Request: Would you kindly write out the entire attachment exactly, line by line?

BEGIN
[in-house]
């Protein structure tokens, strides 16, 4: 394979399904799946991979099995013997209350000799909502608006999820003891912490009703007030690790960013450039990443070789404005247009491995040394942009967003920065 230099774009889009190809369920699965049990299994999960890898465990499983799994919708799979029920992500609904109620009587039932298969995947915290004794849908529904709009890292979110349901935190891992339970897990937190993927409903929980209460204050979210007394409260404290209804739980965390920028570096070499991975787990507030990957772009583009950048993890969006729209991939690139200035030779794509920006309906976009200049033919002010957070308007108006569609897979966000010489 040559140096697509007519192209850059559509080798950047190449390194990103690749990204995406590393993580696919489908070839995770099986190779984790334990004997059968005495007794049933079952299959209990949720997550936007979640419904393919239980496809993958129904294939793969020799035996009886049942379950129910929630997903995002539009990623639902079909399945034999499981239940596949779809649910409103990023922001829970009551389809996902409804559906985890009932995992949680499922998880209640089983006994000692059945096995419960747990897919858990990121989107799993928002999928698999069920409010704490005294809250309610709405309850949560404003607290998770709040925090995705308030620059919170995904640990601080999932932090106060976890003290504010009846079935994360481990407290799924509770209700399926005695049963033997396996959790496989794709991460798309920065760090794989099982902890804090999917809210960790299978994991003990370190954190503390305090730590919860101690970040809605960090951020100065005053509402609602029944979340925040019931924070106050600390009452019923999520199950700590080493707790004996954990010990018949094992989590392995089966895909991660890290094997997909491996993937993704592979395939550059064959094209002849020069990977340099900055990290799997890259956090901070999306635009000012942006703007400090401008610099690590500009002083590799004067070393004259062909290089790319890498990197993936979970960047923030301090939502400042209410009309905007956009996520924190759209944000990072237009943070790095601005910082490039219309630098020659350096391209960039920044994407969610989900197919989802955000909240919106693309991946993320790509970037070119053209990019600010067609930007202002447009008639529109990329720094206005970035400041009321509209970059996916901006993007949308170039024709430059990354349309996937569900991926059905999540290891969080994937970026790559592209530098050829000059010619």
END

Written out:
[in-house]
């Protein structure tokens, strides 16, 4: 394979399904799946991979099995013997209350000799909502608006999820003891912490009703007030690790960013450039990443070789404005247009491995040394942009967003920065 230099774009889009190809369920699965049990299994999960890898465990499983799994919708799979029920992500609904109620009587039932298969995947915290004794849908529904709009890292979110349901935190891992339970897990937190993927409903929980209460204050979210007394409260404290209804739980965390920028570096070499991975787990507030990957772009583009950048993890969006729209991939690139200035030779794509920006309906976009200049033919002010957070308007108006569609897979966000010489 040559140096697509007519192209850059559509080798950047190449390194990103690749990204995406590393993580696919489908070839995770099986190779984790334990004997059968005495007794049933079952299959209990949720997550936007979640419904393919239980496809993958129904294939793969020799035996009886049942379950129910929630997903995002539009990623639902079909399945034999499981239940596949779809649910409103990023922001829970009551389809996902409804559906985890009932995992949680499922998880209640089983006994000692059945096995419960747990897919858990990121989107799993928002999928698999069920409010704490005294809250309610709405309850949560404003607290998770709040925090995705308030620059919170995904640990601080999932932090106060976890003290504010009846079935994360481990407290799924509770209700399926005695049963033997396996959790496989794709991460798309920065760090794989099982902890804090999917809210960790299978994991003990370190954190503390305090730590919860101690970040809605960090951020100065005053509402609602029944979340925040019931924070106050600390009452019923999520199950700590080493707790004996954990010990018949094992989590392995089966895909991660890290094997997909491996993937993704592979395939550059064959094209002849020069990977340099900055990290799997890259956090901070999306635009000012942006703007400090401008610099690590500009002083590799004067070393004259062909290089790319890498990197993936979970960047923030301090939502400042209410009309905007956009996520924190759209944000990072237009943070790095601005910082490039219309630098020659350096391209960039920044994407969610989900197919989802955000909240919106693309991946993320790509970037070119053209990019600010067609930007202002447009008639529109990329720094206005970035400041009321509209970059996916901006993007949308170039024709430059990354349309996937569900991926059905999540290891969080994937970026790559592209530098050829000059010619």